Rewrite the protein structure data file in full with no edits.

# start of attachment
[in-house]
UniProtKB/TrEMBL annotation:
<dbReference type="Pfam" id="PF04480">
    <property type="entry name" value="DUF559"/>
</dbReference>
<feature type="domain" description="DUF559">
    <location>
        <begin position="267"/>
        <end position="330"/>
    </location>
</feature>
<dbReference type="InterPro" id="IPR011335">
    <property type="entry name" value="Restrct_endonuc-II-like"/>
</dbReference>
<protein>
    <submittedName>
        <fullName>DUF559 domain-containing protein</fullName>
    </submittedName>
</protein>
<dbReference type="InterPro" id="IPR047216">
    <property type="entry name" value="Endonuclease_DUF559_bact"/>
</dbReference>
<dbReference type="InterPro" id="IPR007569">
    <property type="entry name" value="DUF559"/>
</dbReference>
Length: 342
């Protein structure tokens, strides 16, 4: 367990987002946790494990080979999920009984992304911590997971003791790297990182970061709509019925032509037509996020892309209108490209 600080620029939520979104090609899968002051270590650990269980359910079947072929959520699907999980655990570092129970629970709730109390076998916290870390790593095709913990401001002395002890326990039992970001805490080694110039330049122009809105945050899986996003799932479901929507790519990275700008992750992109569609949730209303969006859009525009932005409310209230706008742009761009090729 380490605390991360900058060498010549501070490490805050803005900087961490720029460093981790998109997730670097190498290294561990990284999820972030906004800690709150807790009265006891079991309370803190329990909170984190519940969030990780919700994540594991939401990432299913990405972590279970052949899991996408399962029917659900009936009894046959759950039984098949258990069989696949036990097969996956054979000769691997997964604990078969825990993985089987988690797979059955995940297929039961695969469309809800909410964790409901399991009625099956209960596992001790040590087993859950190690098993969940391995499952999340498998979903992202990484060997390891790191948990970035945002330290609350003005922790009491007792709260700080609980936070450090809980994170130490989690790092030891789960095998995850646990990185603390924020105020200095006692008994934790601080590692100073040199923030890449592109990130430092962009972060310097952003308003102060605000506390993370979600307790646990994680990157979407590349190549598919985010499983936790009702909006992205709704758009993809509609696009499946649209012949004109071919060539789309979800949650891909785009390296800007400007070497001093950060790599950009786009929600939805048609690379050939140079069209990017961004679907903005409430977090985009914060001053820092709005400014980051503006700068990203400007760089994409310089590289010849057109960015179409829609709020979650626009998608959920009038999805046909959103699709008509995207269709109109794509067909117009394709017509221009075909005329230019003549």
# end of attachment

[in-house]
UniProtKB/TrEMBL annotation:
<dbReference type="Pfam" id="PF04480">
    <property type="entry name" value="DUF559"/>
</dbReference>
<feature type="domain" description="DUF559">
    <location>
        <begin position="267"/>
        <end position="330"/>
    </location>
</feature>
<dbReference type="InterPro" id="IPR011335">
    <property type="entry name" value="Restrct_endonuc-II-like"/>
</dbReference>
<protein>
    <submittedName>
        <fullName>DUF559 domain-containing protein</fullName>
    </submittedName>
</protein>
<dbReference type="InterPro" id="IPR047216">
    <property type="entry name" value="Endonuclease_DUF559_bact"/>
</dbReference>
<dbReference type="InterPro" id="IPR007569">
    <property type="entry name" value="DUF559"/>
</dbReference>
Length: 342
């Protein structure tokens, strides 16, 4: 367990987002946790494990080979999920009984992304911590997971003791790297990182970061709509019925032509037509996020892309209108490209 600080620029939520979104090609899968002051270590650990269980359910079947072929959520699907999980655990570092129970629970709730109390076998916290870390790593095709913990401001002395002890326990039992970001805490080694110039330049122009809105945050899986996003799932479901929507790519990275700008992750992109569609949730209303969006859009525009932005409310209230706008742009761009090729 380490605390991360900058060498010549501070490490805050803005900087961490720029460093981790998109997730670097190498290294561990990284999820972030906004800690709150807790009265006891079991309370803190329990909170984190519940969030990780919700994540594991939401990432299913990405972590279970052949899991996408399962029917659900009936009894046959759950039984098949258990069989696949036990097969996956054979000769691997997964604990078969825990993985089987988690797979059955995940297929039961695969469309809800909410964790409901399991009625099956209960596992001790040590087993859950190690098993969940391995499952999340498998979903992202990484060997390891790191948990970035945002330290609350003005922790009491007792709260700080609980936070450090809980994170130490989690790092030891789960095998995850646990990185603390924020105020200095006692008994934790601080590692100073040199923030890449592109990130430092962009972060310097952003308003102060605000506390993370979600307790646990994680990157979407590349190549598919985010499983936790009702909006992205709704758009993809509609696009499946649209012949004109071919060539789309979800949650891909785009390296800007400007070497001093950060790599950009786009929600939805048609690379050939140079069209990017961004679907903005409430977090985009914060001053820092709005400014980051503006700068990203400007760089994409310089590289010849057109960015179409829609709020979650626009998608959920009038999805046909959103699709008509995207269709109109794509067909117009394709017509221009075909005329230019003549």